Like NPCs that were full of emotions.

((Puts on Mask, pulls out 4 foot Dildo-Kendo and marches back and forth crying "Emotions! Emotions! Emotions!"))
***can somebody PLEASE make a GIF of Jim doing that? PLZ?!***

YES, the creepy NPC thing is awful. It truly is. But id prefer it to somebody giving me an Oscar-Winning performance, full of tear inducing sentiment, with a Lump in his/her throat and a quaver in their voice: "Go collect me 5 wolf pelts for a new scarf."

Compare this with the "Whodunnit Murder" quest from Oblivion. An excellently executed quest of executions, involving stealth, role play, and use of the RagDoll physics to hide bodies. This quest is loads of fun, and despite the Emotionless Manikins for NPC's, you get the sense that you are steadily increasing the terror of a group of people, slow watching their paranoia and distrust fester, making your job easier.

The narrative of this story is entirely based on the actions of the player, and any scripting of this would have destroyed the fun. It could even be viewed as a 3 act story, but with the key difference being in where the writing is. If you will: Act 1: getting the quest. Act 2: ???? ((player determined actions)) Act 3: Profit! (quest reward and story ends)
By leaving the "How" up to the players, you have an effective quest, with hundreds of stories to be told about how it was solved. You also have to do less ACTUAL WRITING. Something I learned as a DM: shut the hell up and let the players play.

This is strictly to do with sandbox titles as a post. I will leave it to somebody else to tackle longer, narrative driven games.

Also @ Greg Tito: Awesome Faith +1 pic :)

When I was playing Portal 2, one of my friends asked me how it was going. I replied "I just hit the end of the Second Act." The Three Act Structure works perfectly in that game, and it's very clear where the boundaries are -- this coming from someone who never took a class that taught story structure.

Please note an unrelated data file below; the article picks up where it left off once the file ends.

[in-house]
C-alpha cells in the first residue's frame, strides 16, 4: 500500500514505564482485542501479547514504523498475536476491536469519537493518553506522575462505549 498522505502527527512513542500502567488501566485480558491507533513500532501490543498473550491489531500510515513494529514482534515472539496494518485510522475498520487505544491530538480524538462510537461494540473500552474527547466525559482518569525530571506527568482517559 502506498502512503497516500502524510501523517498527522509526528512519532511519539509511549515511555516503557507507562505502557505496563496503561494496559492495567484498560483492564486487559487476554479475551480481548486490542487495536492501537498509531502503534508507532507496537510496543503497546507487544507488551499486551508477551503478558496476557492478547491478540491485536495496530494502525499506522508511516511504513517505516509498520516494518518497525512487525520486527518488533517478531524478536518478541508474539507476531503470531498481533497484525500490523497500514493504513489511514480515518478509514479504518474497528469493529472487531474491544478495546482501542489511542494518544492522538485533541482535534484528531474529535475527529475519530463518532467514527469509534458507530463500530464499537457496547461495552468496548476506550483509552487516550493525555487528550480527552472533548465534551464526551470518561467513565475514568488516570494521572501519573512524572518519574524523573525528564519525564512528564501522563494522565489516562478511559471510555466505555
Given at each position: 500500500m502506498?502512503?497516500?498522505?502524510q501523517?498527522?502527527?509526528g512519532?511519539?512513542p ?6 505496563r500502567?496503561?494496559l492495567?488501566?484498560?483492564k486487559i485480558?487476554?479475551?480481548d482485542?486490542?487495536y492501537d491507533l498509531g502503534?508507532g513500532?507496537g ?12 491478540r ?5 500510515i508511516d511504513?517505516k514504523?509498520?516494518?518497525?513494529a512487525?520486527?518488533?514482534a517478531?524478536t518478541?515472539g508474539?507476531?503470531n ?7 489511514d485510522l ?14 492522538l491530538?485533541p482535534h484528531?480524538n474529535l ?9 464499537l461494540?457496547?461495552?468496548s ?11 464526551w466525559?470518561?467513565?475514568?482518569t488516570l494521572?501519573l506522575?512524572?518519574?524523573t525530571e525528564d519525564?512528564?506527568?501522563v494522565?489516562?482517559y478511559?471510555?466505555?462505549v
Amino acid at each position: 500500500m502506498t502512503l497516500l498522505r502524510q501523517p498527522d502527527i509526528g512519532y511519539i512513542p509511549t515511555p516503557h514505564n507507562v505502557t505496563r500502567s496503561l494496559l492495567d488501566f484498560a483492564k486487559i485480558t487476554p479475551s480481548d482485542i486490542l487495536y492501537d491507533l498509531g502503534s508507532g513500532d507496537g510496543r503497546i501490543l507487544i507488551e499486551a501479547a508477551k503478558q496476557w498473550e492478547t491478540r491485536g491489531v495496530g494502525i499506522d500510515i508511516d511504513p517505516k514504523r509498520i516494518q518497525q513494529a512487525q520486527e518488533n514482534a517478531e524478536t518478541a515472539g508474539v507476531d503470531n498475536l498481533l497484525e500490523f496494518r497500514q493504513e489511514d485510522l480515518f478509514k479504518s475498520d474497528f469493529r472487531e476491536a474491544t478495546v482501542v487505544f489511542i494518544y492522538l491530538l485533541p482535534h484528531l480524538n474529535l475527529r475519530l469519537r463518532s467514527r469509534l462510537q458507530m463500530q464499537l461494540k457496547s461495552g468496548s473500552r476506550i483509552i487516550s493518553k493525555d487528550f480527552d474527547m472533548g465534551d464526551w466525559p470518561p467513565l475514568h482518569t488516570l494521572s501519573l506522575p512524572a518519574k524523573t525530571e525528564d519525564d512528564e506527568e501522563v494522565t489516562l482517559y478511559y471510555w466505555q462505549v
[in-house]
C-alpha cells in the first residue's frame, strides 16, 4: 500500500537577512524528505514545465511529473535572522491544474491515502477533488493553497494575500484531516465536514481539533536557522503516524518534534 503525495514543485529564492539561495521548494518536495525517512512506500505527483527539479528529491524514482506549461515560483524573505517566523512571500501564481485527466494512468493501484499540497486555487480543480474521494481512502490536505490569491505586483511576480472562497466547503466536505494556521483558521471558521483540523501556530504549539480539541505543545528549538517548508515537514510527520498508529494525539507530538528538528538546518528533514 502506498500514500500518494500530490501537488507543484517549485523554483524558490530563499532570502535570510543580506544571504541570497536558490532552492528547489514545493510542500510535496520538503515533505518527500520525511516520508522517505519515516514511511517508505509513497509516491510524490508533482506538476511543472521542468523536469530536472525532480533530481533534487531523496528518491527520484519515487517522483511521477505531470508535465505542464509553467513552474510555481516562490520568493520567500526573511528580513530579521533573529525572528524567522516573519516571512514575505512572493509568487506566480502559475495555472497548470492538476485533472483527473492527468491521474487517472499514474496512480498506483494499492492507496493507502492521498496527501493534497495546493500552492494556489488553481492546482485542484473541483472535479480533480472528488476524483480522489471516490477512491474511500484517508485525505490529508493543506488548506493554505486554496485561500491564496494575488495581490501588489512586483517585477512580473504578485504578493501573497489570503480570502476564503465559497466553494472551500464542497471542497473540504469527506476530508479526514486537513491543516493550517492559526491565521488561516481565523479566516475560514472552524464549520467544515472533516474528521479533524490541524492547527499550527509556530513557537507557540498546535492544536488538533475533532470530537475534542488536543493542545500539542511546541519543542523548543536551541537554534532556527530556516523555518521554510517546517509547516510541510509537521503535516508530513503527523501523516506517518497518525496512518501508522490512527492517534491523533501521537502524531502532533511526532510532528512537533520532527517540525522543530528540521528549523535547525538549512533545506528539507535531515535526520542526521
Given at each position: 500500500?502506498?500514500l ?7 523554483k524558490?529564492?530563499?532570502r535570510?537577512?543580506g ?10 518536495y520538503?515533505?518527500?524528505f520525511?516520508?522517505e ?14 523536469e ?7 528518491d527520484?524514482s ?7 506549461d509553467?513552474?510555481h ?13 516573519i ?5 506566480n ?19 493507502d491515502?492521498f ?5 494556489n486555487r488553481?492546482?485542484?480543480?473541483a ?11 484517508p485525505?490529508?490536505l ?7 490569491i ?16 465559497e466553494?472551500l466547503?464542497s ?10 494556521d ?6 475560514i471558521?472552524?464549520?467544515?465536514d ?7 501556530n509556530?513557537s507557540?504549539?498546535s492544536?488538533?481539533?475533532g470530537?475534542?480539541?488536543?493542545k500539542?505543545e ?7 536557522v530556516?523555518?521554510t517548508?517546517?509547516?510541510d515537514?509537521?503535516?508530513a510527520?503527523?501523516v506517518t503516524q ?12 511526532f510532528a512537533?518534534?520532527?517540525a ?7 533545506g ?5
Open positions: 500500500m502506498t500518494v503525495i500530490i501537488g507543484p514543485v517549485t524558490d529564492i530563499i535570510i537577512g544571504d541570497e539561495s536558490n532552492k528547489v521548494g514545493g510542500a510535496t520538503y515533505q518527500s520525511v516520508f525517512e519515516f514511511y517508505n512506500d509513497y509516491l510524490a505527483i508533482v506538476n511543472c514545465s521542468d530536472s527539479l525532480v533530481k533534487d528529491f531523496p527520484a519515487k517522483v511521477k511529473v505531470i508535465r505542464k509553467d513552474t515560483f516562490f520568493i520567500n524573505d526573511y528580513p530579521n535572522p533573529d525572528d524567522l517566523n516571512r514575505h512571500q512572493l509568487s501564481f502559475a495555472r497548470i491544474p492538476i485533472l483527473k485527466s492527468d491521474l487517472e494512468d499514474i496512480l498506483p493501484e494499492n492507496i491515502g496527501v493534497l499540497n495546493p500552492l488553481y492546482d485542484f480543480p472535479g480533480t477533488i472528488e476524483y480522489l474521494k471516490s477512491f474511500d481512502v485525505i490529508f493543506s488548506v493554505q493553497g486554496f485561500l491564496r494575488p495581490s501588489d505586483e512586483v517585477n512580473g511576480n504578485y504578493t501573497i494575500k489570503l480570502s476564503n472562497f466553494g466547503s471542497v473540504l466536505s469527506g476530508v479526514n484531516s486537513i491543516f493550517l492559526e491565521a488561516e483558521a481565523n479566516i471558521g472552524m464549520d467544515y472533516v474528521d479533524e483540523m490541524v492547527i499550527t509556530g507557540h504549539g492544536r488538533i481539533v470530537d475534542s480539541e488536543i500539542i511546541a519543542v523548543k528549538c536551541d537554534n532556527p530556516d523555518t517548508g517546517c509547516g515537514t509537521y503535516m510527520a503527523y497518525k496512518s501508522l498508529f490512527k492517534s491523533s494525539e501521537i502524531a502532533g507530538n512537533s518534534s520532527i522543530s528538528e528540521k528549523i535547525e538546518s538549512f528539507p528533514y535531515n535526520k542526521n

The Three Act Structure applies to the Hero's Journey, which is the basis of quite a number of stories around the world. True, not all stories use it, but it's hard to imagine any well-rounded media collection without a great number of retellings of the Hero's Journey.

As for completion rate -- the Kotaku article decrying the low completion rate of Portal 2 came out *nine days* after release. At the time of that article's publication, the original Portal had been offered for free to any Steam account several months previously, so now there are people who own the game who have no financial interest in getting their money's worth by finishing the game.

I can't access the stats currently, but there are a number of factors that could go into those numbers being explainable, from achievement bugs to timing of when you look at the numbers in relation to when people acquire the game.

So a guy from Riot Games that basically ditched all opportunities for lore in their own IP multiple times is basically trying to tell other developers and writers how to write their narratives.

I know GDC is where you are supposed to network but honestly these conventions have just gotten worse and worse where the stuff being spewed isn't even educational or talking from experience. Instead it is people just saying what they want everyone else to do because they believe what they think is right.

Hell the best DICE talks from this year weren't pie in the sky stuff but simple straight talk and talking from experience and using clear cut examples to support their topic of discussion.

Tenmar:
Hell the best DICE talks from this year weren't pie in the sky stuff but simple straight talk and talking from experience and using clear cut examples to support their topic of discussion.

Eh... at a lot of Game Conventions/Summits they get various people who have had a recent success to talk about their experience. The problem is that these people present what they think were the key factors that lead to their success... but then often can't replicate their success themselves.

People in general are pretty bad at being able to separate correlation and causation. Even those people who achieve multiple successes have difficulty identifying what caused that success (although that doesn't stop them talking about what they think caused their success - see: people who inherit money and "hard work"). If 10,000 people wears blindfolds and throw basketballs at hoops, the chances are actually pretty reasonable that one of them may actually sink a basket.